Improving Self-Management in Adolescents With Sickle Cell Disease (SCThrive)
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|ClinicalTrials.gov Identifier: NCT02851615|
Recruitment Status : Completed
First Posted : August 1, 2016
Results First Posted : March 17, 2021
Last Update Posted : March 17, 2021
|Condition or disease||Intervention/treatment||Phase|
|Sickle Cell Disease||Behavioral: SCThrive Intervention for Adolescents with SCD||Not Applicable|
|Study Type :||Interventional (Clinical Trial)|
|Actual Enrollment :||66 participants|
|Intervention Model:||Parallel Assignment|
|Masking:||Single (Outcomes Assessor)|
|Official Title:||SCThrive: Improving Self-Management in Adolescents With Sickle Cell Disease|
|Actual Study Start Date :||March 31, 2016|
|Actual Primary Completion Date :||March 31, 2018|
|Actual Study Completion Date :||March 31, 2018|
SCThrive Intervention for Adolescents with SCD - 6 week self-management group
Behavioral: SCThrive Intervention for Adolescents with SCD
Chronic Disease Self-Management Program
No Intervention: Attention Control
6 weekly 15-20 minute individual phone calls on educational topics. No interventions are included in this arm.
- Scores on Behavioral Activation Measure at Baseline and 6 Weeks (Post-treatment) [ Time Frame: baseline, 6 weeks (post-treatment) ]Participants complete the Patient Activation Measure (PAM-13), which is a 13 item measure on skills, knowledge, confidence and readiness for self-management developed by Hibbard et al., 2005. Items are rated on a 4-point Likert scale of 1 = "Disagree Strongly" to 3 = "Strongly Agree." Raw scores range from 13 to 52 and are converted to scores that range from 0 to 100. This score was then divided into four levels of activation, which reflect a developmental progression from being passive with regard to one's health to being proactive: Level 1 (score of 0.0 - 47.0), Level 2 (47.1 - 55.1), Level 3 (55.2 - 72.4), and Level 4 (72.5 - 100). Higher scores indicate more behavioral activation.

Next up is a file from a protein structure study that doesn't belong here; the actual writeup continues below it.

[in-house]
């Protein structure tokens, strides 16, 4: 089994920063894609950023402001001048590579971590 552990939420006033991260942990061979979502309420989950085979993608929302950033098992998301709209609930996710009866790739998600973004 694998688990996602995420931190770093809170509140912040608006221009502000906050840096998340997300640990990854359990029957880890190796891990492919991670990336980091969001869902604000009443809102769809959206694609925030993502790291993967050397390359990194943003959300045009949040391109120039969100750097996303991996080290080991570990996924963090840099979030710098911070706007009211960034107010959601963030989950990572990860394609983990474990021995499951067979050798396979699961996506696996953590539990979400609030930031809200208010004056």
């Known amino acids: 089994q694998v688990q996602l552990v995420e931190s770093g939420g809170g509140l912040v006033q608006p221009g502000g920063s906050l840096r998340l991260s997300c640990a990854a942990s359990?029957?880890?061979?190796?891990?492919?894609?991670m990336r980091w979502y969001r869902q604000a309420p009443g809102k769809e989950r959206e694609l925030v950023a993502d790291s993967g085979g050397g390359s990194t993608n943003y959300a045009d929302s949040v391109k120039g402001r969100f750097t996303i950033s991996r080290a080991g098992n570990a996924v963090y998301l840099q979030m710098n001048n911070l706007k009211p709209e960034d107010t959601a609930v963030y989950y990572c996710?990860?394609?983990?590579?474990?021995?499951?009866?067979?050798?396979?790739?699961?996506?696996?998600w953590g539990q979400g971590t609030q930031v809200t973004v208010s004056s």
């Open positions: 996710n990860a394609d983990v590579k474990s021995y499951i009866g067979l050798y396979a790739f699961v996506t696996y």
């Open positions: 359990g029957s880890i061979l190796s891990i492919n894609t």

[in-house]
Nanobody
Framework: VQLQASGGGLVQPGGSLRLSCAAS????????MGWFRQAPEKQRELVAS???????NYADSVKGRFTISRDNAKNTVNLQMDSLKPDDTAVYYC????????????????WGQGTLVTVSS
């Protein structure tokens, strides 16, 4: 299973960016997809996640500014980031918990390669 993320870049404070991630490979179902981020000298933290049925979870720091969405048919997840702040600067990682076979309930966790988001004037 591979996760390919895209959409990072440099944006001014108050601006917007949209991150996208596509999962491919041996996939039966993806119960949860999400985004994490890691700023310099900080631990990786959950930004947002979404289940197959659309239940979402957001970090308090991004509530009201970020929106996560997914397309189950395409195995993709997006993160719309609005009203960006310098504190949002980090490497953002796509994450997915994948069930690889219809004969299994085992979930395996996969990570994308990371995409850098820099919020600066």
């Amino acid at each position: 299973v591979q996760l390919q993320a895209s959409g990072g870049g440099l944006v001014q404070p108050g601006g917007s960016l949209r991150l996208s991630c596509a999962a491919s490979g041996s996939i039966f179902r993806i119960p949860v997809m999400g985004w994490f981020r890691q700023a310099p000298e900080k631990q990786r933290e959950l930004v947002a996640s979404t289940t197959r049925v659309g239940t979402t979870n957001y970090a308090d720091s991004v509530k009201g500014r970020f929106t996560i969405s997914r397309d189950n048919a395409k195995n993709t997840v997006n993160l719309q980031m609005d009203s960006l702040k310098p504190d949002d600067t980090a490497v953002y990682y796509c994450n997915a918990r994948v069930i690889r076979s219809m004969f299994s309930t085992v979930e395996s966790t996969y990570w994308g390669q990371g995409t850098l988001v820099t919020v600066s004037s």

- Scores on a Self-management Measure at Baseline and 6 Weeks (Post-treatment) [ Time Frame: baseline, 6 weeks (post-treatment) ]Participants complete the Transition Readiness Assessment Questionnaire (TRAQ-5), which is a well-validated 20-item questionnaire that measures the skills needed to manage a chronic condition independently. Items are rated on a 5-point Likert scale of 1 = "No, I do not know how" to 5 = "Yes, I always do this when I need to" and divided into 5 subscales: Managing Medication, Appointment Keeping, Tracking Health Issues, Talking with Providers, and Managing Daily Activities. Overall and subscale scores are calculated by averaging the scores of answered items. Mean scores range from 1 to 5 with higher scores indicating better self-management.
- Total Scores on the UNC TRxANSITION Scale at Baseline and 6 Weeks Post-Treatment [ Time Frame: baseline, 6 weeks (post-treatment) ]Participants complete the UNC TRxANSITION Scale, an interview administered by trained independent evaluators to measure the skills of youth with chronic conditions. For this study, we administered 6 of the 10 possible subscales: Type of Chronic Health Condition, Medications, Adherence, Nutrition, Self-Management Skills, and New Health Care Providers. Each item is scored individually as either 1 (adequate knowledge/skill mastery), 0.5 (some knowledge/skill attainment), or 0 (no knowledge/skill attainment). Higher scores indicate better self-management. Subscale scores are calculated by dividing the patient's score by the total possible subscale score. Subscale scores are then combined to create a total score, ranging from 0 to 10, but since we only used 6 scales, 0 to 6. Total and subscale proportion scores were used in analyses.
To learn more about this study, you or your doctor may contact the study research staff using the contact information provided by the sponsor.
Please refer to this study by its ClinicalTrials.gov identifier (NCT number): NCT02851615
|United States, Ohio|
|Cincinnati Children's Hospital Medical Center|
|Cincinnati, Ohio, United States, 45229|
|Principal Investigator:||Lori E Crosby, PsyD||Children's Hospital Medical Center, Cincinnati|